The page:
I hope this helps




The weight difference doesn't really have a lot to do with it more that the couplings are properly made and their weight is even around the circumference. Same thing with car tyres, if you had a heavy duty set or a light set fitted, its all down to imbalance in the tyre itself hence the need for balance weights.

Making sure the shaft is fitted correctly with washers in the right places is the best way to minimise vibration. If you need to, adjust run out by rotating the shaft to another position then reconnecting, should minimise any offset rotation of the shaft. As for a good thrashing, any new moving component should bed in before you will get the best result from it.
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Gary (not GT Gary)
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« Reply #23 on: January 25, 2012, 12:10:54 AM »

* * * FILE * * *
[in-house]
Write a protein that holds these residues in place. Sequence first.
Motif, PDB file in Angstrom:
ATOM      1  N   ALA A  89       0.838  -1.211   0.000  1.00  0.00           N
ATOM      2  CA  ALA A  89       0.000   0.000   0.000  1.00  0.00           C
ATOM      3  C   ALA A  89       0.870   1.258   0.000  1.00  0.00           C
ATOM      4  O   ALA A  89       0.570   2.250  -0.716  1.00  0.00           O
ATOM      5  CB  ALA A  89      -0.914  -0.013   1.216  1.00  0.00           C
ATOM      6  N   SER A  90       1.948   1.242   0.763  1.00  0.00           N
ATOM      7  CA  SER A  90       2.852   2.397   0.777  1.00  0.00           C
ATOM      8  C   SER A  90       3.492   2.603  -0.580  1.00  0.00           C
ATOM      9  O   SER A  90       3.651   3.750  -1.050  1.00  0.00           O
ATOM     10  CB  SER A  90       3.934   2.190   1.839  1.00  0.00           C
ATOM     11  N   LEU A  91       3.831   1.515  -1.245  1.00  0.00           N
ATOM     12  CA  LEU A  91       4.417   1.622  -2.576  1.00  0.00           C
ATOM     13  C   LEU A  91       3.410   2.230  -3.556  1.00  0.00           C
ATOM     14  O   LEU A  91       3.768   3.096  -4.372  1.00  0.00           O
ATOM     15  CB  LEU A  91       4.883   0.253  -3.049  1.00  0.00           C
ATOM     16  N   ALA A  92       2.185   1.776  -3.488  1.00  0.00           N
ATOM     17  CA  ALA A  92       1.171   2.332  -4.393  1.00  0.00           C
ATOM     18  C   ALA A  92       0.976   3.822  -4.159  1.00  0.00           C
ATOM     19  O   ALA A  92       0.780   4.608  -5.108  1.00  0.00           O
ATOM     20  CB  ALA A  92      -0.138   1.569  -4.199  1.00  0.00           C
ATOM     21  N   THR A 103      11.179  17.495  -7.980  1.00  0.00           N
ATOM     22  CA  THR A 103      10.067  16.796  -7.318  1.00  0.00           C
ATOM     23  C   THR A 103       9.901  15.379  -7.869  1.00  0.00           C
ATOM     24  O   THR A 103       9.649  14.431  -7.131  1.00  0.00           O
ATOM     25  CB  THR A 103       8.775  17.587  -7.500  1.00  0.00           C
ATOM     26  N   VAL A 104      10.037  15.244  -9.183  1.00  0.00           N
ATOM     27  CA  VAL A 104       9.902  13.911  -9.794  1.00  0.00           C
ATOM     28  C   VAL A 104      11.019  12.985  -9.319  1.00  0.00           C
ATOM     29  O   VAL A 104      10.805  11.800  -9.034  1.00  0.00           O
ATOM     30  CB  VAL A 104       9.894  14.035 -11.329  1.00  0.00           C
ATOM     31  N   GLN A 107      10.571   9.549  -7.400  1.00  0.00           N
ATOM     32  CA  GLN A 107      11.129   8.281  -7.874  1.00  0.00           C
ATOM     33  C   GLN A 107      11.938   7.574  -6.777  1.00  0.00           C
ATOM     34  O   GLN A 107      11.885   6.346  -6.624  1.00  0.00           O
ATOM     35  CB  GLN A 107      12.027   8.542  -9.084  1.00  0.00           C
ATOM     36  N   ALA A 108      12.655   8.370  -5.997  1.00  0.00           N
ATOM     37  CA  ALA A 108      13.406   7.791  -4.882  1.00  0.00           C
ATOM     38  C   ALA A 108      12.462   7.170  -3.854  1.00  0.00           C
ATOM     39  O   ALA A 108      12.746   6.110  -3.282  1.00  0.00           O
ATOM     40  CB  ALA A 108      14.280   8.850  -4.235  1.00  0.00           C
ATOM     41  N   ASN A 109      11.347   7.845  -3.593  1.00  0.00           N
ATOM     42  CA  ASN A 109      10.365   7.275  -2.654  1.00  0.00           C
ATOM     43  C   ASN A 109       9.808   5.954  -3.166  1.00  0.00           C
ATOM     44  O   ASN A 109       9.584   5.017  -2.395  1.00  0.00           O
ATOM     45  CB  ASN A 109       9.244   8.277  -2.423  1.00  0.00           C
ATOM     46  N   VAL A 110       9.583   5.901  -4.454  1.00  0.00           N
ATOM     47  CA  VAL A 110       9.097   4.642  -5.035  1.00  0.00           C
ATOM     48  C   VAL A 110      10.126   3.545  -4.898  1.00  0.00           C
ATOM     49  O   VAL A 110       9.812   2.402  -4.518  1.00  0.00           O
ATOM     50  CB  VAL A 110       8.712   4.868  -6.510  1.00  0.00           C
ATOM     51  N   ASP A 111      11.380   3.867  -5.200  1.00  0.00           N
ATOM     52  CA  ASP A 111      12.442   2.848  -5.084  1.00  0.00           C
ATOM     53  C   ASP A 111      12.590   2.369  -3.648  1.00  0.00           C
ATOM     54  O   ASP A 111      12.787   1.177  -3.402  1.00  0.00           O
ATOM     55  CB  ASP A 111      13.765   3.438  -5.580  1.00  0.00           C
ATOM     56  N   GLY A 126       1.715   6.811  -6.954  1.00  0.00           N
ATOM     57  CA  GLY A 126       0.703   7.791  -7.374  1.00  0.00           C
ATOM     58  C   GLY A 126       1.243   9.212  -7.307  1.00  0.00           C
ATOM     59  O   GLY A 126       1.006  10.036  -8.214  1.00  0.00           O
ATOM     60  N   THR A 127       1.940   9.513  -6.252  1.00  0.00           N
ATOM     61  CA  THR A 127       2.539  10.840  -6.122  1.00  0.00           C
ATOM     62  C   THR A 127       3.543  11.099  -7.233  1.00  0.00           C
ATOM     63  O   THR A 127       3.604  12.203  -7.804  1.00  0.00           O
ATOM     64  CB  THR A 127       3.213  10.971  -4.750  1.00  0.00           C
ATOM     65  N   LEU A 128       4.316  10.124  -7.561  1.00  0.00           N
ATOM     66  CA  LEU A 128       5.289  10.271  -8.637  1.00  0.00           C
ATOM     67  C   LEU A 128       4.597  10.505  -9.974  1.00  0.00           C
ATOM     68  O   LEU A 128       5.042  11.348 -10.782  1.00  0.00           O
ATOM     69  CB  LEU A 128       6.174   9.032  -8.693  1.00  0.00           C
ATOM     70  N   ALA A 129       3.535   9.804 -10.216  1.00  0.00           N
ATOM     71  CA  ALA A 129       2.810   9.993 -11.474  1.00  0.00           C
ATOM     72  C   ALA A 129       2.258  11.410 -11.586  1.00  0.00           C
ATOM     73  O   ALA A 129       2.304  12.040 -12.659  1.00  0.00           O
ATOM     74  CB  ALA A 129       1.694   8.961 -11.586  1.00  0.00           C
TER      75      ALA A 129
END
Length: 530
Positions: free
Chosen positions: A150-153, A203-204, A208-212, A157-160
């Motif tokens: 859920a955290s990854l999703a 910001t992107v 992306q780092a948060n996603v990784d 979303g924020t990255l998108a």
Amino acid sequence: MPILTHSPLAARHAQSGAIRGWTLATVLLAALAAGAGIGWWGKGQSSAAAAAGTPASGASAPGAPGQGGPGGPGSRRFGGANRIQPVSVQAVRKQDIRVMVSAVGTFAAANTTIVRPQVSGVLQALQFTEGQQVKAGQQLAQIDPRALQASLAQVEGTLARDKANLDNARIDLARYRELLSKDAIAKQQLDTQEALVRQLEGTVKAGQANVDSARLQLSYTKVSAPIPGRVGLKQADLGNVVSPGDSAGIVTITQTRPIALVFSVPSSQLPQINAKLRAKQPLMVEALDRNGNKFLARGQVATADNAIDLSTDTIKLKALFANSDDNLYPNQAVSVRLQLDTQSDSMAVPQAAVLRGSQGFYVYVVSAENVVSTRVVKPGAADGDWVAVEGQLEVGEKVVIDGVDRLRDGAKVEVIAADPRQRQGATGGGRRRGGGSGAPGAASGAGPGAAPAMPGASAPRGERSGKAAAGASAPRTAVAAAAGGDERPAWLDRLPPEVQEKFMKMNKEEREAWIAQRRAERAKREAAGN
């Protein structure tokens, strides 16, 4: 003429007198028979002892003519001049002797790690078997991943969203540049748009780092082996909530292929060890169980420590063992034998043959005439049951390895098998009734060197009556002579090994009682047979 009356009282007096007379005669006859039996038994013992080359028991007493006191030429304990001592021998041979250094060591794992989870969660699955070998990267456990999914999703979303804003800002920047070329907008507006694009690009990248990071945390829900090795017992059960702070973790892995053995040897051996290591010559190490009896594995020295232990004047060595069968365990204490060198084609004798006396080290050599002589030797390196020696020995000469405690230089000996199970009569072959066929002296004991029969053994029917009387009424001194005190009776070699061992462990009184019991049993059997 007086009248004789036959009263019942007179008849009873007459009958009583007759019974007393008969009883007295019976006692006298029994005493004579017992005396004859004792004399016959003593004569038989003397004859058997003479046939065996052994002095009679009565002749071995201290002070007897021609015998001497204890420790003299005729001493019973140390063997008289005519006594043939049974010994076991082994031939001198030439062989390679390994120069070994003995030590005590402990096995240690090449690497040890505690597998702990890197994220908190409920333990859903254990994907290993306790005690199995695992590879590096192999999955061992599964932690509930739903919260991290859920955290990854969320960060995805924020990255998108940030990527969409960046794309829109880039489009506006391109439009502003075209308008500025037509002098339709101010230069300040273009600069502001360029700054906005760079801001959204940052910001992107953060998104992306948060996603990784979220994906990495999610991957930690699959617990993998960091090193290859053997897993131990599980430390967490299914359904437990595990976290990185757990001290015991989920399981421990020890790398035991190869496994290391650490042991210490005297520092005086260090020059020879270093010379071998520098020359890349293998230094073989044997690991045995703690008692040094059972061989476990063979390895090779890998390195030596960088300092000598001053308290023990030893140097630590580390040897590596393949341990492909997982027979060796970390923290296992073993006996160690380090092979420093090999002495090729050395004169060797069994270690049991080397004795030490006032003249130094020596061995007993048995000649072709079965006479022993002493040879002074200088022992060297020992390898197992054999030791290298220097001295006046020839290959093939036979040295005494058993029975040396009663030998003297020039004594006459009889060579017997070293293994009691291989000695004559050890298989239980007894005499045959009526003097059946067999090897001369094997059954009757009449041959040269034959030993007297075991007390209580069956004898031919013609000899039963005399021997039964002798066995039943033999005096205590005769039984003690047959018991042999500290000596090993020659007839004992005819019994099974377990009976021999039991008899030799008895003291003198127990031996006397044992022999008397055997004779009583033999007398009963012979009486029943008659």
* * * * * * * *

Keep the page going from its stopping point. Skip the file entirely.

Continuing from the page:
i would say use a spirit level but the car would have to be on a level surface to begin with

Doesn't work like that. The shaft would have to be made level before initial removal, not the car as there will be some difference between the car and the shaft attitude. Also where would you take the level from on the car? Aircraft have rigging points that you jack to level to a defined spot. Can't do it on a car because there are so many variables due to flexible mountings, wear, any damage to the drivetrain as a whole as well as maybe the chassis on the car.
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bryanj
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« Reply #24 on: January 25, 2012, 12:13:38 AM »

Hi I posted in the wrong place about my polyflex sads. Under the pump o ring etc. Suffering from Estima psychosis I think. Sorry about that.

Will get better at it eventually. I don't think it is the size difference as it is very slight in diameter and the weight is similar by feel.

They are just so hard and not forgiving. I will ring Brisbane today and ask some questions from a place called Driveline Services who fit them. A lot more Estimas in Queensland than here in South Australia.

I think they feel a little worse when cold but still a big improvement with my rough balancing etc.

Not to much shaking this morning but worse with a/c on.
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ADarbon